Format

Send to

Choose Destination
J Gerontol A Biol Sci Med Sci. 2010 May;65(5):559-64. doi: 10.1093/gerona/glq026. Epub 2010 Mar 18.

Relationship between low levels of high-density lipoprotein cholesterol and dementia in the elderly. The InChianti study.

Author information

1
Department of Clinical and Experimental Medicine, Section of Internal Medicine, Gerontology and Geriatrics, University of Ferrara, Via Savonarola 9, 44100 Ferrara, Italy. gzuliani@hotmail.com

Abstract

BACKGROUND:

To evaluate the association between plasma lipid fractions and the prevalence of dementia in a large sample of Italian older individuals.

METHODS:

A total of 1051 older community-dwelling individuals (age >/=65 years), enrolled in the InChianti study, were included. Diagnosis of dementia was established at baseline and at the 3-year follow-up using Diagnostic and Statistical Manual of Mental Disorder (Fourth Edition) criteria. Plasma lipids were measured by standardized methods at baseline and after 3 years.

RESULTS:

At baseline, 61 individuals (5.8%) were affected by dementia. Demented individuals showed significantly lower total cholesterol (TC), nonhigh-density lipoprotein cholesterol, and high-density lipoprotein cholesterol (HDL-C) levels compared with controls; no differences were found in triglycerides (TG) and lipoprotein (a) levels. Of the 819 subjects reevaluated at the 3-year follow-up, 81 (9.9%) received a new diagnosis of dementia. Again, demented subjects were characterized by significantly lower TC, non-HDL-C, and HDL-C levels compared with controls, thus confirming the baseline findings. At multivariate logistic regression analysis, HDL-C levels (odds ratio: 0.96, 95% confidence interval: 0.93-0.99), but not TG and non-HDL-C, were associated with dementia independent of important confounders including age, gender, apo E phenotype, stroke, weight loss, interleukin 6 levels, and ankle-brachial index.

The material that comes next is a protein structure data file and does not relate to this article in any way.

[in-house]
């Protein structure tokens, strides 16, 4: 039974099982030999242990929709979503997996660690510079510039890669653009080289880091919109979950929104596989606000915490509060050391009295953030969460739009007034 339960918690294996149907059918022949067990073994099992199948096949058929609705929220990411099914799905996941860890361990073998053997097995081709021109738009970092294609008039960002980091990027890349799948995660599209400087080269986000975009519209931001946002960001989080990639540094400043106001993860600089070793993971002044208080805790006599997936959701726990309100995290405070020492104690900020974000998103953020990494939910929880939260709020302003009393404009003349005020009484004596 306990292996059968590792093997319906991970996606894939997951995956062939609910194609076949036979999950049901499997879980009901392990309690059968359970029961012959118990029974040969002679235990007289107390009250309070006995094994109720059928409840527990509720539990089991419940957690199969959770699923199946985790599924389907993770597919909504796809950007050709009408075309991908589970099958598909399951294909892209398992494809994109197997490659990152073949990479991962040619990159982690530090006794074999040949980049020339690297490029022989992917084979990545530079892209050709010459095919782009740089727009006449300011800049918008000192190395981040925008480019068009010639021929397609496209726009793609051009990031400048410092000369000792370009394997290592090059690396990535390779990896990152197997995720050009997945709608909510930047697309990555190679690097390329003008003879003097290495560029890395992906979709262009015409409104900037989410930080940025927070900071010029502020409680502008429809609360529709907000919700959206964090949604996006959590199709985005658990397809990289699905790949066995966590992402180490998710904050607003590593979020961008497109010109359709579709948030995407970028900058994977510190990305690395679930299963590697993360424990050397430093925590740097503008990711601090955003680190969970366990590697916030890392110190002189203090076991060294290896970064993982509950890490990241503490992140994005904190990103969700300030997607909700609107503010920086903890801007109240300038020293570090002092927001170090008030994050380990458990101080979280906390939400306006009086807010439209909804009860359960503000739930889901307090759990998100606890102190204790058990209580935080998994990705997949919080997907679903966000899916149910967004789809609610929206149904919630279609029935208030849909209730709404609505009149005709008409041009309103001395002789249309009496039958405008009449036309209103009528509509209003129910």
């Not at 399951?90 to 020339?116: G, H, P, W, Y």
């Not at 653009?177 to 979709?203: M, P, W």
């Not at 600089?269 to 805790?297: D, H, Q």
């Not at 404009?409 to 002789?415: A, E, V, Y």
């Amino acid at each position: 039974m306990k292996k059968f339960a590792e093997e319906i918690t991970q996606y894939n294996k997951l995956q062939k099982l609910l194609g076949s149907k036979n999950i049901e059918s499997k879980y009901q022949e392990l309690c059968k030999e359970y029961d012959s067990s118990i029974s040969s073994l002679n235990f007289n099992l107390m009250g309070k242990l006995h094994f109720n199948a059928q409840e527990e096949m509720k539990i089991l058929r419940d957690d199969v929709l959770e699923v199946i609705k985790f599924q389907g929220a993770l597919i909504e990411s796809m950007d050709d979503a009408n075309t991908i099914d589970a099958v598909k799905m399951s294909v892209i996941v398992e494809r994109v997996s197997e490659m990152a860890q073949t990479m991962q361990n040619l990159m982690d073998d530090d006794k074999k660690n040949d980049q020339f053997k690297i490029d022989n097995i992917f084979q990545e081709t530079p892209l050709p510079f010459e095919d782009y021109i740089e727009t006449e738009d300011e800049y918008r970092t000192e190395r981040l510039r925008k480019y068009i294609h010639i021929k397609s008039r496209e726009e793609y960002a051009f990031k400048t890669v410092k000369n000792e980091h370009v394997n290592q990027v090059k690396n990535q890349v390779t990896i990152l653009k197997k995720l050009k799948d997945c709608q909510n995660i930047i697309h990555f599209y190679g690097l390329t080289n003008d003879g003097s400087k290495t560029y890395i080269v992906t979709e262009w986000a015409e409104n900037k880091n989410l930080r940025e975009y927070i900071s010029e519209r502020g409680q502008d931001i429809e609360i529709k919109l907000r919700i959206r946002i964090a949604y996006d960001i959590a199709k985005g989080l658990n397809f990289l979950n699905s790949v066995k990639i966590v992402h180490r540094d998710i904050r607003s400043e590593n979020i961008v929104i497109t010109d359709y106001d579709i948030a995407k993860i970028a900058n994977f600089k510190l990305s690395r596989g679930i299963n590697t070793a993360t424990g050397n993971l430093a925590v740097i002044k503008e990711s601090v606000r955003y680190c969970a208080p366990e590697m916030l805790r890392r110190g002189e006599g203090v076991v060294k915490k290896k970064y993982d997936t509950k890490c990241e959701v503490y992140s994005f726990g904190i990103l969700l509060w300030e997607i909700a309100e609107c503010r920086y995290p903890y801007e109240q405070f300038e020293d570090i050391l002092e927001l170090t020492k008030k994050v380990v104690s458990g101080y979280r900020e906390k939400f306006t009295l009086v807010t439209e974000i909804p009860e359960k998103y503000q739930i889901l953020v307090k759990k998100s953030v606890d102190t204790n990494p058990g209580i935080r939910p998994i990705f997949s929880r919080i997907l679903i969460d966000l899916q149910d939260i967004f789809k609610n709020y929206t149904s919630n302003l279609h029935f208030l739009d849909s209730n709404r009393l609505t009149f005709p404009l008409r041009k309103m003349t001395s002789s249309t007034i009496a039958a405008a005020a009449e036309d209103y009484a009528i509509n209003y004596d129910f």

CONCLUSIONS:

Among community-dwelling older people, individuals affected by dementia showed significantly lower TC, non-HDL-C, and HDL-C levels; however, at multivariate analysis, only HDL-C was associated with dementia. Our results suggest the existence of an independent relationship between dementia and low HDL-C levels.

PMID:
20299544
PMCID:
PMC2854885
DOI:
10.1093/gerona/glq026
[Indexed for MEDLINE]
Free PMC Article

Supplemental Content

Full text links

Icon for Silverchair Information Systems Icon for PubMed Central
Loading ...
Support Center